Skip to page content

About this Piece

Dylan Mattingly: Artist Statement

When I was six years old, I knew I wanted to be a composer. I fell in love with the magic of altering time and experience, of forming worlds from nothing, and from that moment I spent my life on a singular path, trying to build a life which I could spend doing what I loved. But eleven years ago, I realized there were things I wanted to create — wild, massive dreams, the sort of life-altering artistic experiences that were my favorite things in the universe — which no amount of success on that path I had imagined one took to have a career as a composer could ever offer me the chance to pursue.

I dreamed of this piece, Stranger Love — an ecstatic, impossible celebration of being alive that lasts forever and ends in the stars — an imagination that was beyond impractical, six hours of music complete with three re-tuned pianos, a technicolor experience that transforms from opera to ballet to light show, with taco trucks waiting outside for dinner halfway through.

There was no path for creating Stranger Love. And yet I knew with a strange certainty that it was the best thing I could offer to the world, the most meaningful way I could distill my time on this planet into something to share with others. So eleven years ago, I stepped into a vast wilderness, beginning work on Stranger Love — a journey which would take over a third of my days on earth — without the faintest idea how it could ever exist, turning my life fully and inexorably towards this single beautiful dream.

Across that decade, Stranger Love has been the gravitational force acting upon my every minute — a voyage both unimaginably joyous and unimaginably difficult, immersing me in a unique happiness, creating what I know to be the best thing of which I’m capable, and an inundating anxiety, grown to a roar the closer I’ve come, in being able to see what it would feel like if I were never able to share this. But in a strange, miraculous accumulation of often small moments of the open-heartedness of others towards this idealistic pursuit, Stranger Love has found a winding trail, visible only when I turn back and look, and somehow we’re all here together at last to share in these tiny beautiful six hours, the best thing I could ever imagine.

Meet you at the taco trucks after Act I?

Thomas Bartscherer: Artist Statement

Stranger Love arrived as a gift. Before words or music, there was a form, something seen with the eye of the soul in a moment of illumination, the lightning flash that precedes the thunder. The actual work of making the piece has often felt like finding something that was already there, or like recollecting something that was to come.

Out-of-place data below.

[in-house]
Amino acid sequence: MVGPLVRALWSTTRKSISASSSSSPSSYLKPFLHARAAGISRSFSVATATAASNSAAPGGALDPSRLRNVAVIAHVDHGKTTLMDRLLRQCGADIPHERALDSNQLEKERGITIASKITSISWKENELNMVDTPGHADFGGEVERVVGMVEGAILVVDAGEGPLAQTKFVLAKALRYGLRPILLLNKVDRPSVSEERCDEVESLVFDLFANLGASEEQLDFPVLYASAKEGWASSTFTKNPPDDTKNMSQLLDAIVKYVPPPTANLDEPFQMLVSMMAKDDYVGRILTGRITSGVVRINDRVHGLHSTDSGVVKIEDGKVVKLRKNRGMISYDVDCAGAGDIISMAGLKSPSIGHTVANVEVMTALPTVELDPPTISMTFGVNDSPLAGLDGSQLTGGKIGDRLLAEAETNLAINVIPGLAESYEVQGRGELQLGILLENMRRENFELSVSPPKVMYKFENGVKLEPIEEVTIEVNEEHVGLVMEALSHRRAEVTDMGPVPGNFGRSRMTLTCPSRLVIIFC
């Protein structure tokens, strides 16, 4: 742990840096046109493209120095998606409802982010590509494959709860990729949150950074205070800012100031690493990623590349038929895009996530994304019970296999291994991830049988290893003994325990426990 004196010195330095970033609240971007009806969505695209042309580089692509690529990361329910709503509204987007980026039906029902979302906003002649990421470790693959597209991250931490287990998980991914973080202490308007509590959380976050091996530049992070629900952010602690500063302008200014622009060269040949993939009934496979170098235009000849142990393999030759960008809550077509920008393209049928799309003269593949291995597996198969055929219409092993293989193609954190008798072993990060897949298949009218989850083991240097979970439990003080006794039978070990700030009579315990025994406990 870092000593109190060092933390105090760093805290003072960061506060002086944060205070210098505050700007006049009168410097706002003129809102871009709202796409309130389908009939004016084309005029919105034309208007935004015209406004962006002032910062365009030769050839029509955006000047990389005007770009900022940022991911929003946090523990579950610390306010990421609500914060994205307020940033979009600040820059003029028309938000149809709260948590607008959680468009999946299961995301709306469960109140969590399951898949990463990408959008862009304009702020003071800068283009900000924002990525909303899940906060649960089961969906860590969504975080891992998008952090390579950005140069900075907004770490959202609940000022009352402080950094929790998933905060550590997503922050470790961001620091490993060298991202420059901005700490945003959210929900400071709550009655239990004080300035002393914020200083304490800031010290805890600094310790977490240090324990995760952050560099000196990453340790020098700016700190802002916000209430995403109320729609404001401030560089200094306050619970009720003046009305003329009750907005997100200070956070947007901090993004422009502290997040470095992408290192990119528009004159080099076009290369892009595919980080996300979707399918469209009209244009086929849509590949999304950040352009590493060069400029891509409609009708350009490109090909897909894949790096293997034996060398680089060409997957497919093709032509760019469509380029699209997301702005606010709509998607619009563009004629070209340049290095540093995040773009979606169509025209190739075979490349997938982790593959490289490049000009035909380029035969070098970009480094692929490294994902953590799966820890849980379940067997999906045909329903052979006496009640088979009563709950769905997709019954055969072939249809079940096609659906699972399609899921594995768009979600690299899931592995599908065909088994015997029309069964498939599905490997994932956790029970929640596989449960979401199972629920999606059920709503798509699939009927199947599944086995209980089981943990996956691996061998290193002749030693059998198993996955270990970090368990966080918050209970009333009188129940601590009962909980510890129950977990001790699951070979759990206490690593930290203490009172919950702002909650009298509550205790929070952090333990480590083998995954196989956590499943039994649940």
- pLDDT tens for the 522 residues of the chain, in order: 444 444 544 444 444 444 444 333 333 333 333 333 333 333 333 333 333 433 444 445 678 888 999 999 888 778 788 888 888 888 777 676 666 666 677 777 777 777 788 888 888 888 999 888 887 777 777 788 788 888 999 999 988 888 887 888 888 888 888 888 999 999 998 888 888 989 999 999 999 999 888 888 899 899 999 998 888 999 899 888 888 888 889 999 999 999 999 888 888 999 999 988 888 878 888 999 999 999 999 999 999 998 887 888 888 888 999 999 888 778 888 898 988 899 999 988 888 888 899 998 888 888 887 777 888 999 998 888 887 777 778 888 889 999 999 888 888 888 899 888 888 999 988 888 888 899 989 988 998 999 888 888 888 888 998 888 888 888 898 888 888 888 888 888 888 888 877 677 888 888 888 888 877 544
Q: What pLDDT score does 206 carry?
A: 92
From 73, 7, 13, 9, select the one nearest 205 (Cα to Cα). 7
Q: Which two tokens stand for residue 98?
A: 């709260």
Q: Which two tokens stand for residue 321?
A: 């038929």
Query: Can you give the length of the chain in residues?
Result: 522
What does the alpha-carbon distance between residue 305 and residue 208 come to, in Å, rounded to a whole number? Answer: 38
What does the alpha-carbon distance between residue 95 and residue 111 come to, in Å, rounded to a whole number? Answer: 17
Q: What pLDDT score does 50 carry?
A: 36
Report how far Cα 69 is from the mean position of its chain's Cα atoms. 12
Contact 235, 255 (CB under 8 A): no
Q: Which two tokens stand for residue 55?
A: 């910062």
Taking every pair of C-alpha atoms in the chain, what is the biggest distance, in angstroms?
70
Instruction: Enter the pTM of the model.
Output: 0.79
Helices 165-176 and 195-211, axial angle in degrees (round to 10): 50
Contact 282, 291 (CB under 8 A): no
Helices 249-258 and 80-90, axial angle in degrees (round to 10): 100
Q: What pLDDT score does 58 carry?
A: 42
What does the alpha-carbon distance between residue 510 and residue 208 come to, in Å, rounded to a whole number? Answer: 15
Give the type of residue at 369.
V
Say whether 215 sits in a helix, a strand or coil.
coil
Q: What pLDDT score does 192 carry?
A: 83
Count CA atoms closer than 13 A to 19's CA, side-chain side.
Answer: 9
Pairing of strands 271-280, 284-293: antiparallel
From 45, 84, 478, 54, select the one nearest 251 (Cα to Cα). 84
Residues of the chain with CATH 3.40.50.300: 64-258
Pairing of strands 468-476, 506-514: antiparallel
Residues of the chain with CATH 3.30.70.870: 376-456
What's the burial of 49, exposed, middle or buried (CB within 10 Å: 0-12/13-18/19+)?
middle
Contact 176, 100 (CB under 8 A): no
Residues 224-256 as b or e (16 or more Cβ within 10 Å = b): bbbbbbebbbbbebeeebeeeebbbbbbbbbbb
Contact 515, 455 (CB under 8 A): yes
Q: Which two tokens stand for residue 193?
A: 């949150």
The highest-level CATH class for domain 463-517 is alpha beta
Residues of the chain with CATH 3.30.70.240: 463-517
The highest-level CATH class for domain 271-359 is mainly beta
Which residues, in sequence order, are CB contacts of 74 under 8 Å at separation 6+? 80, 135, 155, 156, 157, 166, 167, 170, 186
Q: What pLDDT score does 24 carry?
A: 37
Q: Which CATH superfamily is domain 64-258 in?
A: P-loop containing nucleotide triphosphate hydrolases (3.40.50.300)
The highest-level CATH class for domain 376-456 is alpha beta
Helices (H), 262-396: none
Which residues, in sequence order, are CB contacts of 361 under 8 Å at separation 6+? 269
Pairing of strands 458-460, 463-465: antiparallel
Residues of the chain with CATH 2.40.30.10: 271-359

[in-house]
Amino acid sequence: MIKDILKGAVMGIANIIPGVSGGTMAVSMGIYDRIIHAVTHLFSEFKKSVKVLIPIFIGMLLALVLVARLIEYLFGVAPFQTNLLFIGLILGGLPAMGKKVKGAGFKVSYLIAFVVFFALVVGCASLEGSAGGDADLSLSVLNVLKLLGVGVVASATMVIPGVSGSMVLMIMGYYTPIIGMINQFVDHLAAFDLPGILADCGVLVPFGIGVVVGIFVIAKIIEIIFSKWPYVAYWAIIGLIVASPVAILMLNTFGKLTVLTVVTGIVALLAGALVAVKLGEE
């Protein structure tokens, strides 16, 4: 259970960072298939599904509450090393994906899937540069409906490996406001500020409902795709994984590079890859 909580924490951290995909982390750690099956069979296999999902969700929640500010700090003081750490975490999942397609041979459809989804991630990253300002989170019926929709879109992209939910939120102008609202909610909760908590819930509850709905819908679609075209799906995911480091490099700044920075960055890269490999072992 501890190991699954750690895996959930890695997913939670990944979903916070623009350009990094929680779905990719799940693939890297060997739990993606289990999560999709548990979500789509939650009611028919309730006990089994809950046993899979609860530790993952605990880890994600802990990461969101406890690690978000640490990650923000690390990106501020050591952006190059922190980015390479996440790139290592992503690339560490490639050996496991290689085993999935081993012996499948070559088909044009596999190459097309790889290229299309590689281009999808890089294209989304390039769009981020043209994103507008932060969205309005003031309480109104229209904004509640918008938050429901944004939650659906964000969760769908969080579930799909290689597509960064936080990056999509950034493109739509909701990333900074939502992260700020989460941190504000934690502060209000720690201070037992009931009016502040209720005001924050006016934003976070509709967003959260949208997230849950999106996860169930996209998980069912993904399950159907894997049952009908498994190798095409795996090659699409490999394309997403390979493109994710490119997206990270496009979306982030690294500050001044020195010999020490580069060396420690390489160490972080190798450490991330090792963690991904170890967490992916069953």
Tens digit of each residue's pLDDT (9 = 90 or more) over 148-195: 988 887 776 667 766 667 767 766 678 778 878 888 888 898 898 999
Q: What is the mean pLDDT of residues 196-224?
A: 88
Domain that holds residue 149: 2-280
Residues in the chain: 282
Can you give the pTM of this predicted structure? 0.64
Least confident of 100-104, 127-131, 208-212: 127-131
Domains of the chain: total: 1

The creative rhythm has been call and response, music and words composed in response to one another, at times one, then the other coming first, a years-long conversation about music and language, and about life and love. The poet Octavio Paz writes that “love is a wager against time and its accidents” through which “we catch a glimpse, in this life, of the other life. Not of eternal life, but… of pure vitality." Something like that intuition or delusion or hope has inspired the making of Stranger Love. To body forth that vision in performance at full scale has been our immoderate aspiration. Nothing is impossible, sings the chorus at the end of Act I.

The sources of Stranger Love are abundant and diverse. Plato’s Symposium informs the structure of the three acts, and his conception of love (erôs) has been a tutelary spirit. The story of seemingly star-crossed lovers who persevere past all accident is familiar, even archetypal, while the threats any particular couple encounters, and how they respond to them, are poignantly unique and singularly their own. Molly and Leopold Bloom are not Penelope and Odysseus, and yet we recognize the shape of experience and hear the echoes across time and space.

Through the interplay of particular and abstract, through dialogue and narrative, through dance and music, Stranger Love endeavors to tell a new story, a new kind of story, that is also deeply familiar, and that invites the audience to dwell within it and, in the end, to complete it with us. “Another opera about love?,” someone asked me. The right answer, I think, is that we could do no other. We couldn’t not make this very thing. But also, as one of Shakespeare’s poems puts it, love is like the sun, daily new and old. Just so, Stranger Love is telling what is told.